From the bestselling author of Fear and Loathing in Las Vegas, the legendary Hunter S. Thompson’s second volume of the “Gonzo Papers” is back. Generation of Swine collects hundreds of columns from the infamous journalist’s 1980s tenure at the San Francisco Examiner.
Here, against a backdrop of late-night tattoo sessions and soldier-of-fortune trade shows, Dr. Thompson is at his apocalyptic best—covering emblematic events such as the 1987-88 presidential campaign, with Vice President George Bush, Sr., fighting for his life against Republican competitors like Alexander Haig, Pat Buchanan, and Pat Robertson; detailing the GOP's obsession with drugs and drug abuse; while at the same time capturing momentous social phenomena as they occurred, like the rise of cable, satellite TV, and CNN—24 hours of mainline news. Showcasing his inimitable talent for social and political analysis, Generation of Swine is vintage Thompson—eerily prescient, incisive, and enduring.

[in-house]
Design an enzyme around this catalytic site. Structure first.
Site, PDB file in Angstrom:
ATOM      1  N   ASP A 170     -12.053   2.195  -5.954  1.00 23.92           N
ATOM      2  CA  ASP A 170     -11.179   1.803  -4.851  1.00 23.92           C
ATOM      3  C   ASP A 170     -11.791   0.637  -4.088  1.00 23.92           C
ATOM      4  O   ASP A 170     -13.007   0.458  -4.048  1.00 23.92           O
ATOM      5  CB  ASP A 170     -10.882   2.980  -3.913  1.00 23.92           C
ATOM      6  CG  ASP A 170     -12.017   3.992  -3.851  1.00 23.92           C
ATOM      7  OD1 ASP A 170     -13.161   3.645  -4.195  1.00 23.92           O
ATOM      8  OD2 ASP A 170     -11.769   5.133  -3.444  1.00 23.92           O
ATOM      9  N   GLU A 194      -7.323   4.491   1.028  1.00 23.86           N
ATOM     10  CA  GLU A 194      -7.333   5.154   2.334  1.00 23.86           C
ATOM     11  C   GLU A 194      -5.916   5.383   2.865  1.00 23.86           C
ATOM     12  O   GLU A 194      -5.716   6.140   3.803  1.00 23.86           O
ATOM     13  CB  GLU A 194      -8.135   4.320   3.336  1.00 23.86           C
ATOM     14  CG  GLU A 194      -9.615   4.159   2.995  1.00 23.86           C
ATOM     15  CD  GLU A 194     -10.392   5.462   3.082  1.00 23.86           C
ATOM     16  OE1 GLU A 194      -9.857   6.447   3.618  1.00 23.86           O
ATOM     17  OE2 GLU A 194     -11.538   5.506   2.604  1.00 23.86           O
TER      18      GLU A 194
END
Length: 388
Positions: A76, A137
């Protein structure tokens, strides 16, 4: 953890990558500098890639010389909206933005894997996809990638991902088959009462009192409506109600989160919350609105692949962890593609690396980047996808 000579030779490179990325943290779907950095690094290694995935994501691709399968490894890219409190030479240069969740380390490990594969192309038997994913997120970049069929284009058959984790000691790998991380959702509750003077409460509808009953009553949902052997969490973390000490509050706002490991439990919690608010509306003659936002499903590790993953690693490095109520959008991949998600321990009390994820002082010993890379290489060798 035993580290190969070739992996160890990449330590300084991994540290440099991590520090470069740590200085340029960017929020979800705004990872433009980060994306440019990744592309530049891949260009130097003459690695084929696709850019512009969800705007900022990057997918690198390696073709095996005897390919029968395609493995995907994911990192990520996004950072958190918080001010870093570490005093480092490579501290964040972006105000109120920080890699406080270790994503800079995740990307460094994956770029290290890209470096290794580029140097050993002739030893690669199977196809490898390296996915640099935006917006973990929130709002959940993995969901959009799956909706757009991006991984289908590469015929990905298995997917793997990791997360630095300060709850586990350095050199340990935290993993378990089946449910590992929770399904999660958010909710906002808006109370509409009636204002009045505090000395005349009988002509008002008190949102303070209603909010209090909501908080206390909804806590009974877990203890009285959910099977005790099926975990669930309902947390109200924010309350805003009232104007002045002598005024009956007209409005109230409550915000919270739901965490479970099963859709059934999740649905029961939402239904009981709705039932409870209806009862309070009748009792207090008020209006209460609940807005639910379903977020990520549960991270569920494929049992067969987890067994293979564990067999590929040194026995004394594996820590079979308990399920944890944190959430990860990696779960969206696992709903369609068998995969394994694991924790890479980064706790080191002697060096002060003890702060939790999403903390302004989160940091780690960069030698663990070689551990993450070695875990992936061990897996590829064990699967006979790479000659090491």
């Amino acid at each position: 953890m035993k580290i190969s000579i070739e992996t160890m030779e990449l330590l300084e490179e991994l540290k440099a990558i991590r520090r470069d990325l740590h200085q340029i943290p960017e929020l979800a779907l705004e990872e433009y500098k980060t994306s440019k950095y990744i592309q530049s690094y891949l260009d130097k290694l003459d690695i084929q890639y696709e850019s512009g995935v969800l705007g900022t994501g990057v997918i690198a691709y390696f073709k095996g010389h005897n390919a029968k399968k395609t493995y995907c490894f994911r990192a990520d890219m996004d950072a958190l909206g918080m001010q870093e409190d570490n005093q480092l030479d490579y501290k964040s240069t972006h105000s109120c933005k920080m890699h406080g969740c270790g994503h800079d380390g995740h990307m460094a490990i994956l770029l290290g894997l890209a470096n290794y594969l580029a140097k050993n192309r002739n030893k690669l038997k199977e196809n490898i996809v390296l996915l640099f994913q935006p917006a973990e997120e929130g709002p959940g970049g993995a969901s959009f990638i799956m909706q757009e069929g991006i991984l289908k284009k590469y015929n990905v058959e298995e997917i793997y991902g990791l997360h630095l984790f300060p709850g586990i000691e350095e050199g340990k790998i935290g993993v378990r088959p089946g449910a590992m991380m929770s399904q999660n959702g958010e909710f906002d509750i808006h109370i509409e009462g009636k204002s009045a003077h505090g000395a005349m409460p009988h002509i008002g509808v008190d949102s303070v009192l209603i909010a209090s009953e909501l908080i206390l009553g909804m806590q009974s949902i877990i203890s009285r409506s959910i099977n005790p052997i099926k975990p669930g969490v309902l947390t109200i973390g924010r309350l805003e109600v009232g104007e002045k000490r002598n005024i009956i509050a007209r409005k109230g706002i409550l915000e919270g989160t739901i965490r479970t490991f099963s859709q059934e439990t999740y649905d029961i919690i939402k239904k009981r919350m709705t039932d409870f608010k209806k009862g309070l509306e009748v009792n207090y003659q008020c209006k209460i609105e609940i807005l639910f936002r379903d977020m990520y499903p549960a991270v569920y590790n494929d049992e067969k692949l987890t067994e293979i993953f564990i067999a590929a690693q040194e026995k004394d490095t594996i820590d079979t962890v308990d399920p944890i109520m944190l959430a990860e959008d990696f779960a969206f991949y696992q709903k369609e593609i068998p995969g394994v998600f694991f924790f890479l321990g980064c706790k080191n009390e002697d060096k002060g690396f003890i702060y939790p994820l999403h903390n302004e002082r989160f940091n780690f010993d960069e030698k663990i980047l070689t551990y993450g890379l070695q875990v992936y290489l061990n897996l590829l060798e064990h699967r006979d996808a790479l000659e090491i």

Thompson may be correct in assuming that the greed and immorality pervading the American social landscape are obscene, but his surreal, half-demented style has hardened into a pose. These columns from the San Francisco Examiner prove only that journalism can become dated quickly. The author of Fear and Loathing in Las Vegas calls Colonel Khadafy smarter than Ronald Reagan and takes potshots at television news, Gary Hart, Ed Meese, evangelists, Michael Dukakis, Pat Robertson and the Iran-contra hearings. He predicts that the Democrats will self-destruct in the 1988 presidential campaign. People he dislikes are described as ``money-sucking animals,'' ``brainless freaks,'' ``geeks,'' ``greed-crazed lunatics'' and so on. Thompson's flaccid diatribes seem designed to instill a sense of smug superiority in the reader.